Etzioni (1988, cf. 2003) opposes explanatory theorizing about the economy as a self-sustaining, free-standing system. The market - and, presumably, international politics, too - should be treated as part of a social(-political) whole. For Etzioni (1988: 17), a ‘productive’ theory rests on assumptions of considerable reality, possesses explanatory power of significant scope, and avoids overdetermination (including even more variables to widen a theory’s scope) without being simplistic. It makes no sense to construct theories that encompass a small range of phenomena or explain small parts of the variance of several kinds of behavior, rather than a major portion. ‘[P]arsimony…is a virtue, while overdetermination…is a danger. [However, a] theory that adds a few more variables but accounts for much more of the relevant variance, is to be preferred over simpler but much less encompassing theories,’ Etzioni (1988: 17, cf. 48-50) writes. Etzioni (1988: 17) offers two reasons why the lack of realism that typifies neoclassical methodology is unjustified. First, the Friedman-based claim of economists that the absence of realism in their assumptions about human nature does not harm their theory because it engenders valid predictions is no argument at all against theories whose assumptions are both much more realistic and predict at least as well. Second, and most important, philosophers of science have almost universally rejected Friedman’s position: the purpose of a theory is to explain. Otherwise, when predictions appear valid, we do not know why and under what conditions. Thus, although both firmly agree about the theoretical priority of explanation over prediction, Etzioni would find Waltz to be too easily satisfied with unrealistic assumptions and even incoherent about the theoretical relationship between assumptions and purposes.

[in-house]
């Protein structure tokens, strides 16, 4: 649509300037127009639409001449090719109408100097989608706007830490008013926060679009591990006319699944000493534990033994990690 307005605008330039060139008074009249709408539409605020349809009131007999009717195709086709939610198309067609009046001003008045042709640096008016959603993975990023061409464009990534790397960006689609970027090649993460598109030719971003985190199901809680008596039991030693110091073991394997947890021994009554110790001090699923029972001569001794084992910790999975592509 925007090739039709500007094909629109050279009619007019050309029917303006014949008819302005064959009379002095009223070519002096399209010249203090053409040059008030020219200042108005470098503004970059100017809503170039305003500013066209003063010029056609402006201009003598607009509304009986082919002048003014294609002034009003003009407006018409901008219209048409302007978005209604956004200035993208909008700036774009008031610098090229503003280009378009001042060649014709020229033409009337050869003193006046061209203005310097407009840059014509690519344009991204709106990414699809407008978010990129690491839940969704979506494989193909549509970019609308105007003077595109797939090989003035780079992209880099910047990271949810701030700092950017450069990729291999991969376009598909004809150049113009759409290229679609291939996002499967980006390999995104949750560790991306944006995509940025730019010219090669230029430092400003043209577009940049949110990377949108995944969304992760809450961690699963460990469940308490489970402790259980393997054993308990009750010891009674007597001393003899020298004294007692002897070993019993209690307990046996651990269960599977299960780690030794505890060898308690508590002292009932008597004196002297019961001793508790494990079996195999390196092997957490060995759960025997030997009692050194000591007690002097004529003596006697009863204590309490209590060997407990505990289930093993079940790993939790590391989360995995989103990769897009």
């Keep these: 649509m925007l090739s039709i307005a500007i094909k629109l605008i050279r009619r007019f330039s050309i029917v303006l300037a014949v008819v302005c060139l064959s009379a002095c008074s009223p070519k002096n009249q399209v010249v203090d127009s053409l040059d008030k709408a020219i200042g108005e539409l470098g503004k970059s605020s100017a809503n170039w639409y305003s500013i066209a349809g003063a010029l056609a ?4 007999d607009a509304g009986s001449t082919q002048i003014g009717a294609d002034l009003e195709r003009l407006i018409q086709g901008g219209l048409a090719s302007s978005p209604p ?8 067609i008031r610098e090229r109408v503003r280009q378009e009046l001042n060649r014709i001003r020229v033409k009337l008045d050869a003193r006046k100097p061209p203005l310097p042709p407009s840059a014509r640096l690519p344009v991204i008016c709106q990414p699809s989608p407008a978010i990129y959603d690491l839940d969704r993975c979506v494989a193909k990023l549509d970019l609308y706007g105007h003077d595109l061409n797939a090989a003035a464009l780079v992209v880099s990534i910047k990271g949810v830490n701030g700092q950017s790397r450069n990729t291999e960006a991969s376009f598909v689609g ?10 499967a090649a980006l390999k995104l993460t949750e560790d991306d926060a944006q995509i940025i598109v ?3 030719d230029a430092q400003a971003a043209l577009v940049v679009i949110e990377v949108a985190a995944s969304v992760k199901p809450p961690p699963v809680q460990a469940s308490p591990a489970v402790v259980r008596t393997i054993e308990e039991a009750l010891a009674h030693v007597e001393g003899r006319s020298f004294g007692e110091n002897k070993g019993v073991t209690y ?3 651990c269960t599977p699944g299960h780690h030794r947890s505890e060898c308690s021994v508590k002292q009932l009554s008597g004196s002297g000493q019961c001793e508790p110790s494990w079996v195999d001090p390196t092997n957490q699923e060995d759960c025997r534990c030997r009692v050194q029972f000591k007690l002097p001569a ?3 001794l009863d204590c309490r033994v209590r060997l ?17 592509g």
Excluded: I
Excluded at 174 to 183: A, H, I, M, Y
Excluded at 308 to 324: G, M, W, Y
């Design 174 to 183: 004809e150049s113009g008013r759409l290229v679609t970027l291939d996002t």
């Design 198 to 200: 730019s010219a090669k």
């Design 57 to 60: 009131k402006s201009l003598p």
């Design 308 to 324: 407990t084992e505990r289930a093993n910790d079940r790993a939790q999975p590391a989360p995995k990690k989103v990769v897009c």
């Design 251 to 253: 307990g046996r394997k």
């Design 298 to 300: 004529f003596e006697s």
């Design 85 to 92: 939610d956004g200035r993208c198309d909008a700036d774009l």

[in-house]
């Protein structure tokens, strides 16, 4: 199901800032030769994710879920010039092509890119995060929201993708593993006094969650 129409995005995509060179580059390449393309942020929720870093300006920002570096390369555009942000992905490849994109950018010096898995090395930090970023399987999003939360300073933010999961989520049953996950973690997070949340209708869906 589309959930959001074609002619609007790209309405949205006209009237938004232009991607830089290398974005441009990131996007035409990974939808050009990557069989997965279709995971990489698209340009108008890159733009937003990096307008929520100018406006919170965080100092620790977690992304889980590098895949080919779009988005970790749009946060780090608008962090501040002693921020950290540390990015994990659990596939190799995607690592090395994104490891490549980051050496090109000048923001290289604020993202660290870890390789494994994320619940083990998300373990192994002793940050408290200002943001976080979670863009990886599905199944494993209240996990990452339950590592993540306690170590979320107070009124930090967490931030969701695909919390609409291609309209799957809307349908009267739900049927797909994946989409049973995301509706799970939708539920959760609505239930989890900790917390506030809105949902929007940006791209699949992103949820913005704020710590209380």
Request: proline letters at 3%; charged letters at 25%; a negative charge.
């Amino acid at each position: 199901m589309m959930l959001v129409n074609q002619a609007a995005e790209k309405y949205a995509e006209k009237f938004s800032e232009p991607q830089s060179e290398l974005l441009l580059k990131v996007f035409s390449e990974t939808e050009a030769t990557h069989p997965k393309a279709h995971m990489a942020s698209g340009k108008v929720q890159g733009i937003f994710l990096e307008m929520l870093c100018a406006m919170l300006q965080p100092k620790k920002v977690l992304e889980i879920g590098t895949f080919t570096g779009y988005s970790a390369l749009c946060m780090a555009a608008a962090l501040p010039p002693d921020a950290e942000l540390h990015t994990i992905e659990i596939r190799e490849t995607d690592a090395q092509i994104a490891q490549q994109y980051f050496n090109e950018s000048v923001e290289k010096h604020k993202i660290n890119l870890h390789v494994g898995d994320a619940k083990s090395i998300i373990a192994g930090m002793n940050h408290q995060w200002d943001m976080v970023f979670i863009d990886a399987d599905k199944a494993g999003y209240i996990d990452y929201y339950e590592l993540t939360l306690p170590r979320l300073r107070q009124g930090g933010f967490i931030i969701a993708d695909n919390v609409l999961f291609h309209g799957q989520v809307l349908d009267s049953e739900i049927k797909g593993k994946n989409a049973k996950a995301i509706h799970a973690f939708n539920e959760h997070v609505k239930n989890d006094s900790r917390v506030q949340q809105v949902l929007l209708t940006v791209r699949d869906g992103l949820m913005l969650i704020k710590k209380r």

Consequently, Etzioni challenges neoclassical economists and Waltz by strongly emphasizing induction. ‘Above all, we need more induction. Science requires a judicious balance, admittedly fraught with tension, between logical (deductive) and empirical (inductive) elements…[A productive theory] is less deductive [than neoclassical economics] and aspires to be closer to the data’ (Etzioni 1988: 19). Etzioni (1988: 15-16) claims to be ‘painfully aware’ of the theoretical risks involved. He mentions: the paradigm-dependence of all observations and criteria of reality-testing; the tentative nature of all findings; the great difficulties in bringing together the findings of induction and the conclusions of deduction; the theory-dependence of ‘reality’ (Etzioni 1988: 122-123). Yet, while logic does provide a much firmer base for inferences than empirical evidence, the deductive method makes science tend towards abstraction, fragmentation or compartmentalization. The corresponding reliance on one analytical discipline is bad for rational decision- and policy-making. Action requires dealing with all the main elements of a phenomenon, which together account for a significant chunk of the variance and also have results for their interactions (Etzioni 1988: 122-126). Thus, Etzioni proposes to include more induction for policy as well as explanatory purposes, insisting that theories actually have two major goals: first, to explain the part of the world they focus on; second, to help those who act within the world by providing an ethically adequate outline for decision and policy making (Etzioni 1988: 237-251).